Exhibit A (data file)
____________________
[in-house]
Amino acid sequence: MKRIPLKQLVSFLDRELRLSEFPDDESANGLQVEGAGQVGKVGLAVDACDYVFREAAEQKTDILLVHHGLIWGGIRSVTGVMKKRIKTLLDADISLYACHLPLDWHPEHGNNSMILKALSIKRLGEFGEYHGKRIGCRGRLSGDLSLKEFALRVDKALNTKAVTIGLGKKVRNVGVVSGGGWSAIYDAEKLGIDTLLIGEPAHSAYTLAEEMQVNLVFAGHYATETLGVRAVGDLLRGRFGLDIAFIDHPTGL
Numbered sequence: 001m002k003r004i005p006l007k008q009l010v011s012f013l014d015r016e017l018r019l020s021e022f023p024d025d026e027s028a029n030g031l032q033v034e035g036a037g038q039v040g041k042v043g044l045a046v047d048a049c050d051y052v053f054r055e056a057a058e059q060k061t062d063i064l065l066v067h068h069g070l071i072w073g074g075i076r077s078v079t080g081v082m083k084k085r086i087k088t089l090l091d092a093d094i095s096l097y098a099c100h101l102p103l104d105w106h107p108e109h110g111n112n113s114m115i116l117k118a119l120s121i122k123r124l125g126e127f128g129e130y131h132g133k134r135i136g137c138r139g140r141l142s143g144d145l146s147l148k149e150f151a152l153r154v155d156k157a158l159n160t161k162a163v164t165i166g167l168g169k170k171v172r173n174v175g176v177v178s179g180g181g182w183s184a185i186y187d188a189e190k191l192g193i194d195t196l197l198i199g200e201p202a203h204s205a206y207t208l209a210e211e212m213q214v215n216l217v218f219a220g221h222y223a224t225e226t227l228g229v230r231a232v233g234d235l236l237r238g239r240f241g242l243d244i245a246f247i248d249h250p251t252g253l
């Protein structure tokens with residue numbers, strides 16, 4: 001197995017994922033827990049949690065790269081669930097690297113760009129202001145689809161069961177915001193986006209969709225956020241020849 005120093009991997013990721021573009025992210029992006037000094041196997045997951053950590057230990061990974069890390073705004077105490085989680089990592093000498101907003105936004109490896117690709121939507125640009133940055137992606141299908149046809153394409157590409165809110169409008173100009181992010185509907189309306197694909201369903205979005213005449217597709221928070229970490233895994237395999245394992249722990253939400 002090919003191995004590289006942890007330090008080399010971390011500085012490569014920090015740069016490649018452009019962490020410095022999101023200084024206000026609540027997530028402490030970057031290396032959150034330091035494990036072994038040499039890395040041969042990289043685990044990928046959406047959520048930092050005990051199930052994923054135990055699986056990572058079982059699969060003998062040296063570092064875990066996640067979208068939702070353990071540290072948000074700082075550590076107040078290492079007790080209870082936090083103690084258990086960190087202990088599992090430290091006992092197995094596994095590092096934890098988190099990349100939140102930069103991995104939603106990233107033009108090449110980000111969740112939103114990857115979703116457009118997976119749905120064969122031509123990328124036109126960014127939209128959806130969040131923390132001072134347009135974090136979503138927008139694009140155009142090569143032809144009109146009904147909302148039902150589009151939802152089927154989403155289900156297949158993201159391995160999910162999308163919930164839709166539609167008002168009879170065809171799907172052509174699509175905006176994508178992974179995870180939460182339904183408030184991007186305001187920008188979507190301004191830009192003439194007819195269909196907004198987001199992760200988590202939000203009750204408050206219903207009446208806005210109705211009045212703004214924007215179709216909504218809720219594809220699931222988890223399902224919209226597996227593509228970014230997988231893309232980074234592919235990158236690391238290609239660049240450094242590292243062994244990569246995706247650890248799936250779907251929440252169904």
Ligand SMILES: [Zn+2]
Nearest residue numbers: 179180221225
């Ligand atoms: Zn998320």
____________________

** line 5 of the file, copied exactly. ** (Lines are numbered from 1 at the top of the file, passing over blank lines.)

Ligand SMILES: [Zn+2]